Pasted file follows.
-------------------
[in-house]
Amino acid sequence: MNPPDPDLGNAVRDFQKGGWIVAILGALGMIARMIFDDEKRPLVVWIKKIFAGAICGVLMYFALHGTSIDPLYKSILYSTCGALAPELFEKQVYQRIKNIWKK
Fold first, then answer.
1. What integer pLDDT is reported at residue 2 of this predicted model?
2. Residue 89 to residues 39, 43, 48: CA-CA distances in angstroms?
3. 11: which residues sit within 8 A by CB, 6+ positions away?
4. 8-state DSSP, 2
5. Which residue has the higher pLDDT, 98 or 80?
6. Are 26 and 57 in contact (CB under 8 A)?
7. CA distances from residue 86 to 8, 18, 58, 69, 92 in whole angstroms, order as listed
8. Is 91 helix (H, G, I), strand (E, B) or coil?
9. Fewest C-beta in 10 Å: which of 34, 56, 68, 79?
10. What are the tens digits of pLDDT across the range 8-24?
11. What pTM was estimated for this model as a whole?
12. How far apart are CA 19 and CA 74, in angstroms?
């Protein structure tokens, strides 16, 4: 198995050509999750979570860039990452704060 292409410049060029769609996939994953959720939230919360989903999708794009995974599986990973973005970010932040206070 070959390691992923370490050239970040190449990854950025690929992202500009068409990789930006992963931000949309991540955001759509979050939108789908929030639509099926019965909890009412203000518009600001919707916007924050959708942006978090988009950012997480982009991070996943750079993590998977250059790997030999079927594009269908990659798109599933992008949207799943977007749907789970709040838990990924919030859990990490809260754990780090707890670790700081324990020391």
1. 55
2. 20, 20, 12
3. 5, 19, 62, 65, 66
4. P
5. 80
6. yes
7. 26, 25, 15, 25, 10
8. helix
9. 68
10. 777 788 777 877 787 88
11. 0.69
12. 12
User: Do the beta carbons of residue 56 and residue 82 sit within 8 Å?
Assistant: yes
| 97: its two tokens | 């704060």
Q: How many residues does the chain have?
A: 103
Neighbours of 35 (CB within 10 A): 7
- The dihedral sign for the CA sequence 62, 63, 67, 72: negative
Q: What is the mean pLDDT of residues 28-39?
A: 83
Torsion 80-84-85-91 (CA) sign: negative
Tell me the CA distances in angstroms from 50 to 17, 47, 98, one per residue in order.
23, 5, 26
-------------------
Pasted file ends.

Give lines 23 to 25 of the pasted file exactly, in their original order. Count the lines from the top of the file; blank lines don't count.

7. 26, 25, 15, 25, 10
8. helix
9. 68